The British crime novelist P.D. James, in her book Talking About Detective Fiction, has cited the words spoken by a character in Raymond Chandler’s The Long Goodbye: “ There ain’t no clean way to make a hundred million bucks… somewhere along the line guys got pushed to the wall, nice little businesses got the ground cut out from under them… decent people lost their jobs… Big money is big power and big power gets used wrong. It’s the system.”
This sardonic view of life is part and parcel of the hard-boiled crime novels that the likes of Chandler wrote during the years of the Great Depression in the US, but new research by economists shows that individuals who live through an economic crisis carry over beliefs to better times as well. These beliefs linger on through their lives.
In a recent paper published by the National Bureau of Economic Research, Paola Giuliano of the University of California’s Andersen School of Management and Antonio Spilimbergo of the International Monetary Fund wrote: “Individuals growing up during recessions tend to believe that success in life depends more on luck than on effort, support more government redistribution, but are less confident in public institutions.”
Other economists have shown that people who have experienced stock market booms are more likely to take on risks while those who have been through episodes of high inflation tend to show less enthusiasm about bond investment. Thus father and son can have different investing strategies depending on what they experienced in their suggestible years. The long-term effects on social attitudes are most severe on those individuals who are between 18 and 24 years during economic downturns—an impressionable age when attitudes towards life and society are being formed.
In a recent essay, Giuliano and Spilimbergo asked: “So, is it possible that the experience of the current severe recession is forming a generation that will be more risk-averse, invest less in the stock market, want more state intervention, believe more in redistribution, and accept higher taxes?”
These insights raise an interesting question: Will individuals growing up in a long boom be part of a generation that is more sympathetic towards free markets, have lower risk aversion and believe that wealth is a result of hard work rather than luck?
This is a question that can have a deep impact on Indian society and politics in the decades ahead. We can take 1985 as the breakthrough year for the Indian economy, when the first reforms were introduced and the middle class started participating in the stock market. A quick look at India’s population pyramid shows that around three out of every four Indians were born after 1967, and thus came of age in a country that had broken out of the circle of endemic shortages and anaemic growth.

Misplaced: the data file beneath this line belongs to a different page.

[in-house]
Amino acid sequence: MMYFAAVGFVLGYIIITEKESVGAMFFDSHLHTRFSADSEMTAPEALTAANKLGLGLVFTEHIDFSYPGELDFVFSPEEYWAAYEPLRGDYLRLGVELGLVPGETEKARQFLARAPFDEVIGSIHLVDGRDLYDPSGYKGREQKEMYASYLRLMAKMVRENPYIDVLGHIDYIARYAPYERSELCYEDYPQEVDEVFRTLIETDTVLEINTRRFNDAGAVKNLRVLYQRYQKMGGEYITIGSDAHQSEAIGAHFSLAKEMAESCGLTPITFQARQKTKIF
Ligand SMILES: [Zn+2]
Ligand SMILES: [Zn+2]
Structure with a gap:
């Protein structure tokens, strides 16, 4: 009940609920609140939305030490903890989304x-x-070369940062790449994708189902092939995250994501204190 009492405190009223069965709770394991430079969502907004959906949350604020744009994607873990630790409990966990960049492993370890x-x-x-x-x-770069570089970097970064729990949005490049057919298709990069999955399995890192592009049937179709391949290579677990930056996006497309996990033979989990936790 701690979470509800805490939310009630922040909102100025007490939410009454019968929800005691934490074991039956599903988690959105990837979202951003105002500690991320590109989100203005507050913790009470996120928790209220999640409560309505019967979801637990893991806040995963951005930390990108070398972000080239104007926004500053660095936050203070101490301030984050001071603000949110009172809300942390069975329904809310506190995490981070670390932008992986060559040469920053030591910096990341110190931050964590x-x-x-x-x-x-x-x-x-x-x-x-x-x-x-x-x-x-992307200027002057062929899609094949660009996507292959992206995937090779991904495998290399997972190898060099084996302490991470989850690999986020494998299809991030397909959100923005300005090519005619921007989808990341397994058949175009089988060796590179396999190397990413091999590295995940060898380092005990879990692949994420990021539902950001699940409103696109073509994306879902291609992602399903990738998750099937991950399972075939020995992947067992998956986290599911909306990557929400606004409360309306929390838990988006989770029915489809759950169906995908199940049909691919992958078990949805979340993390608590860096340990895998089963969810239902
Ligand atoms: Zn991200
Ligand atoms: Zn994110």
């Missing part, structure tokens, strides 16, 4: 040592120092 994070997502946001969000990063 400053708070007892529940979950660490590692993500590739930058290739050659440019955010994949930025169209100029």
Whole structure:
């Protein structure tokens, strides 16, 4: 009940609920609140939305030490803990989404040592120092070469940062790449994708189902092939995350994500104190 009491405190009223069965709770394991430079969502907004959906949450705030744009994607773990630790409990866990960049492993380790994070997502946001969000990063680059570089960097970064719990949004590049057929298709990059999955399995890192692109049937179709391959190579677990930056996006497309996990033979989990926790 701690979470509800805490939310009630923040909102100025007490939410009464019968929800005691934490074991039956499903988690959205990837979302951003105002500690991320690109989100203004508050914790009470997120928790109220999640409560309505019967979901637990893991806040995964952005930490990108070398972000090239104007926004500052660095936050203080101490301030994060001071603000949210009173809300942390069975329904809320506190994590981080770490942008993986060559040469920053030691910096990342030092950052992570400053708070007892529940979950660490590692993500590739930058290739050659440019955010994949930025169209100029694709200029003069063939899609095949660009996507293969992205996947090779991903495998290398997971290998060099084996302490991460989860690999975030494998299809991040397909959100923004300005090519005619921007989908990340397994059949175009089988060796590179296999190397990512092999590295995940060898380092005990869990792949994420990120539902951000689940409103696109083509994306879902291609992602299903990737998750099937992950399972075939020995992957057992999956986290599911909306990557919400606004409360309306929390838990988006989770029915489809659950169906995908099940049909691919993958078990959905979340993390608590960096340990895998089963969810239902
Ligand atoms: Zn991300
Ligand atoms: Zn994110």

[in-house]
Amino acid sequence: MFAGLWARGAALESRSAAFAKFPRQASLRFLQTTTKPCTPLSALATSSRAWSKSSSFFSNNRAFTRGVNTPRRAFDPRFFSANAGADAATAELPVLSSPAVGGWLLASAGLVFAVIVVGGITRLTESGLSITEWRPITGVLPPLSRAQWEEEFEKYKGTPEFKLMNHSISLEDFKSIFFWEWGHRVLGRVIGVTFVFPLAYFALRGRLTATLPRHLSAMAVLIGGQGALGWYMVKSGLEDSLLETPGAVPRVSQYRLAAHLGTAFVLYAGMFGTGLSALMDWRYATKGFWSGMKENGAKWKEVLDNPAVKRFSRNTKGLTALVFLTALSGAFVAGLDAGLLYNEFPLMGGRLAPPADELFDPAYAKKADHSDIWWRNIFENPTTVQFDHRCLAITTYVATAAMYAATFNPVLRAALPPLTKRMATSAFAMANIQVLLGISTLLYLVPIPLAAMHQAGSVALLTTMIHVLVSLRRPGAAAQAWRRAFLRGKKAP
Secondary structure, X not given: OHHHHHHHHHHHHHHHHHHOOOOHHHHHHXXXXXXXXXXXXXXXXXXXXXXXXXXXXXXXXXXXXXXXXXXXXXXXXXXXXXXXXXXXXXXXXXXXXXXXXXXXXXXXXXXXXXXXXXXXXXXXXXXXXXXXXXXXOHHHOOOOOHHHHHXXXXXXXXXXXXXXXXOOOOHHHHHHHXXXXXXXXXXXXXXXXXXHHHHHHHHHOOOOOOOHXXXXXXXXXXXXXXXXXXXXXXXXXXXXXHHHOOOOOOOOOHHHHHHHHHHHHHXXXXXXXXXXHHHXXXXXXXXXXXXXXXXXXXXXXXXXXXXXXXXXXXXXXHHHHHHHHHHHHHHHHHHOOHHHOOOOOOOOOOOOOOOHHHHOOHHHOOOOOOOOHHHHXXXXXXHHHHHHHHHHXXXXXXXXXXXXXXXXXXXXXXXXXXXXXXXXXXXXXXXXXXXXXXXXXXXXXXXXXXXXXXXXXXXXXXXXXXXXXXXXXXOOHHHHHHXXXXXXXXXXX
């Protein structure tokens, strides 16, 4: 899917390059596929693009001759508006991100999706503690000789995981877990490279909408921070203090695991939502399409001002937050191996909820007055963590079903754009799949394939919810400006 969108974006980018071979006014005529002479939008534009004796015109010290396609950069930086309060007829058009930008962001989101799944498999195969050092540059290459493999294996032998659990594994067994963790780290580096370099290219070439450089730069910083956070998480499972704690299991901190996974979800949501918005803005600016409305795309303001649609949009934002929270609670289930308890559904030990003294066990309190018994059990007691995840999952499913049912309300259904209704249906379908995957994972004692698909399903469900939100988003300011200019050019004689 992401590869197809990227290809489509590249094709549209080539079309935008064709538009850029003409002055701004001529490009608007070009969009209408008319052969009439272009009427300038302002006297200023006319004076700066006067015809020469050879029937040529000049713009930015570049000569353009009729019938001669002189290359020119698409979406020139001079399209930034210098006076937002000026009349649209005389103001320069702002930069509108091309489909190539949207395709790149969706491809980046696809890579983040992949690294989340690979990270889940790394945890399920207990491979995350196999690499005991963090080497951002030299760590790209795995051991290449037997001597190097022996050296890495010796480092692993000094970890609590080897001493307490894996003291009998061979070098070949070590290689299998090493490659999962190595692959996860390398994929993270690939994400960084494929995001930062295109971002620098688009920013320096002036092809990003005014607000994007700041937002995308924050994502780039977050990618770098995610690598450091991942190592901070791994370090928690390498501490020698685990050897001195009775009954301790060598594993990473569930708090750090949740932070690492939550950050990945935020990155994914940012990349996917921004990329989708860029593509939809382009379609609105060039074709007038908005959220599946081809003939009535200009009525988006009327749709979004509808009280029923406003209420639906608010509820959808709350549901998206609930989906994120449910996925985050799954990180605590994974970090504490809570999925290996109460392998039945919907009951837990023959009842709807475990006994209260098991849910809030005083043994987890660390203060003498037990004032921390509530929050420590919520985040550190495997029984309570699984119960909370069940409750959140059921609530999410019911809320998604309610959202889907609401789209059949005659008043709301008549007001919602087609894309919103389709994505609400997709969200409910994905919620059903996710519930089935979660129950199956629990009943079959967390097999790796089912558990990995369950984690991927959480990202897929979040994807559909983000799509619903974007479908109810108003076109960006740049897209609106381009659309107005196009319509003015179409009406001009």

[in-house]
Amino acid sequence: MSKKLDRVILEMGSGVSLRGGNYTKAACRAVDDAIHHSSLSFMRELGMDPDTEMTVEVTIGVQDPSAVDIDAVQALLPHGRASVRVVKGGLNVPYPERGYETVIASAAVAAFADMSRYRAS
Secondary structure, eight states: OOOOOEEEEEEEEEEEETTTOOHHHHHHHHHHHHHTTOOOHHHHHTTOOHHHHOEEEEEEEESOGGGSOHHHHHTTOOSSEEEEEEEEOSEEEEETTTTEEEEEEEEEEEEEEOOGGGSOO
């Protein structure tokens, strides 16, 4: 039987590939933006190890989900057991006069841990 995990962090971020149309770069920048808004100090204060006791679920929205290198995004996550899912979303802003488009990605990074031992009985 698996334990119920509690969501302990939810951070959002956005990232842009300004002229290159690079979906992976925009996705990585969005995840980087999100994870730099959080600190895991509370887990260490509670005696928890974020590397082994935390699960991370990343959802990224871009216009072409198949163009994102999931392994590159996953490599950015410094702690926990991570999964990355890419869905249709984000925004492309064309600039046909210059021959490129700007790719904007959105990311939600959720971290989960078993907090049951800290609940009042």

These young Indians below 45 years of age are likely to be more open to free markets, new technologies and risk-taking. We see it anecdotally around us, but then India is a complex place and there are large swathes of the country where the benefits of reforms are not that evident, even though higher growth has lifted millions out of poverty.
There could be changes in popular attitudes towards capitalism as well. A survey of Indian businessmen, senior managers and aspiring entrepreneurs conducted by Legatum Institute, a think tank in London, between August and October showed that a majority of those polled believed that India is a good place for entrepreneurs to succeed.
I doubt we are yet a country comfortable with capitalism, which is unfortunate. A lot depends on the type of capitalism we have in India. I have in earlier instalments of Café Economics cited the work of Rafael Di Tella of Harvard Business School and Robert MacCulloch of Imperial College: Why Doesn’t Capitalism Flow to Poor Countries? They say corruption is a big part of the story, since it cuts into the “moral legitimacy of capitalism”. The two economists went on to say: “Existence of corrupt entrepreneurs hurts good entrepreneurs by reducing the general appeal of capitalism.”
India’s long economic boom has the potential to change popular attitudes towards free markets and capitalism, but a lot will depend on what variant of capitalism takes root here. There are too many worrisome signs right now that we are moving towards an economy dominated by giant oligopolies that are nurtured by government policies, even as the old habit of handing over the management of public companies to the children of large business families continues merely because they have hit the DNA jackpot.
These are issues that all supporters of India’s long overdue transition to liberal capitalism should worry about. Or else the same complaint made by Chandler’s character will keep cropping up: “There ain’t no clean way to make a hundred million bucks.”
Niranjan Rajadhyaksha is managing editor of Mint. Your comments are welcome at firstname.lastname@example.org